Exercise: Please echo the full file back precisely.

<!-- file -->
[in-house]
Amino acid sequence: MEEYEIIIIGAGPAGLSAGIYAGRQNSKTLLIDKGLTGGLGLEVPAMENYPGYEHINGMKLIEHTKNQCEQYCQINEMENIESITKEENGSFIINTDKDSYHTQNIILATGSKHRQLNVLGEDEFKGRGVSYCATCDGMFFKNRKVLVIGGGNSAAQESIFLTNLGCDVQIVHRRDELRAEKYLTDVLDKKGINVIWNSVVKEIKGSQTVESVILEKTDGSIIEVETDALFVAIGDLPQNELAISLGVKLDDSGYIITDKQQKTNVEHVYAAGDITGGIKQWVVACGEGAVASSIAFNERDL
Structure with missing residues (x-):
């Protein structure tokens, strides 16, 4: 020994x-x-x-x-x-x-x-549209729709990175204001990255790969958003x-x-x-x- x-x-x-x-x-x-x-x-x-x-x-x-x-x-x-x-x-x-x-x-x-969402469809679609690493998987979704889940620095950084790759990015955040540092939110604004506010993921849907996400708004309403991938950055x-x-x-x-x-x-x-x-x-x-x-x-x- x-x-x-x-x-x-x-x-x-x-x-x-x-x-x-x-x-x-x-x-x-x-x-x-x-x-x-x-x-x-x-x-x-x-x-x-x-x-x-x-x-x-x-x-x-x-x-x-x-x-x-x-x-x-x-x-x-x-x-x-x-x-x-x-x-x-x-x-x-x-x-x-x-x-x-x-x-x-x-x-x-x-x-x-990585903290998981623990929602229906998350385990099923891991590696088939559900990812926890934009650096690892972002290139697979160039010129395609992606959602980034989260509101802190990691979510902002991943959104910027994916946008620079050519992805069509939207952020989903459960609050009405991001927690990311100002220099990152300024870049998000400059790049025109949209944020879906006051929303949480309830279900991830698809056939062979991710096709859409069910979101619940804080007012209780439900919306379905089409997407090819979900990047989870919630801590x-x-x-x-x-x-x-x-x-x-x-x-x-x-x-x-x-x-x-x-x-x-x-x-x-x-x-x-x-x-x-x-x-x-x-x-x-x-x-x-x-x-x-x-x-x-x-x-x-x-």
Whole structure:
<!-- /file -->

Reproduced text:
[in-house]
Amino acid sequence: MEEYEIIIIGAGPAGLSAGIYAGRQNSKTLLIDKGLTGGLGLEVPAMENYPGYEHINGMKLIEHTKNQCEQYCQINEMENIESITKEENGSFIINTDKDSYHTQNIILATGSKHRQLNVLGEDEFKGRGVSYCATCDGMFFKNRKVLVIGGGNSAAQESIFLTNLGCDVQIVHRRDELRAEKYLTDVLDKKGINVIWNSVVKEIKGSQTVESVILEKTDGSIIEVETDALFVAIGDLPQNELAISLGVKLDDSGYIITDKQQKTNVEHVYAAGDITGGIKQWVVACGEGAVASSIAFNERDL
Structure with missing residues (x-):
């Protein structure tokens, strides 16, 4: 020994x-x-x-x-x-x-x-549209729709990175204001990255790969958003x-x-x-x- x-x-x-x-x-x-x-x-x-x-x-x-x-x-x-x-x-x-x-x-x-969402469809679609690493998987979704889940620095950084790759990015955040540092939110604004506010993921849907996400708004309403991938950055x-x-x-x-x-x-x-x-x-x-x-x-x- x-x-x-x-x-x-x-x-x-x-x-x-x-x-x-x-x-x-x-x-x-x-x-x-x-x-x-x-x-x-x-x-x-x-x-x-x-x-x-x-x-x-x-x-x-x-x-x-x-x-x-x-x-x-x-x-x-x-x-x-x-x-x-x-x-x-x-x-x-x-x-x-x-x-x-x-x-x-x-x-x-x-x-x-990585903290998981623990929602229906998350385990099923891991590696088939559900990812926890934009650096690892972002290139697979160039010129395609992606959602980034989260509101802190990691979510902002991943959104910027994916946008620079050519992805069509939207952020989903459960609050009405991001927690990311100002220099990152300024870049998000400059790049025109949209944020879906006051929303949480309830279900991830698809056939062979991710096709859409069910979101619940804080007012209780439900919306379905089409997407090819979900990047989870919630801590x-x-x-x-x-x-x-x-x-x-x-x-x-x-x-x-x-x-x-x-x-x-x-x-x-x-x-x-x-x-x-x-x-x-x-x-x-x-x-x-x-x-x-x-x-x-x-x-x-x-």
Whole structure: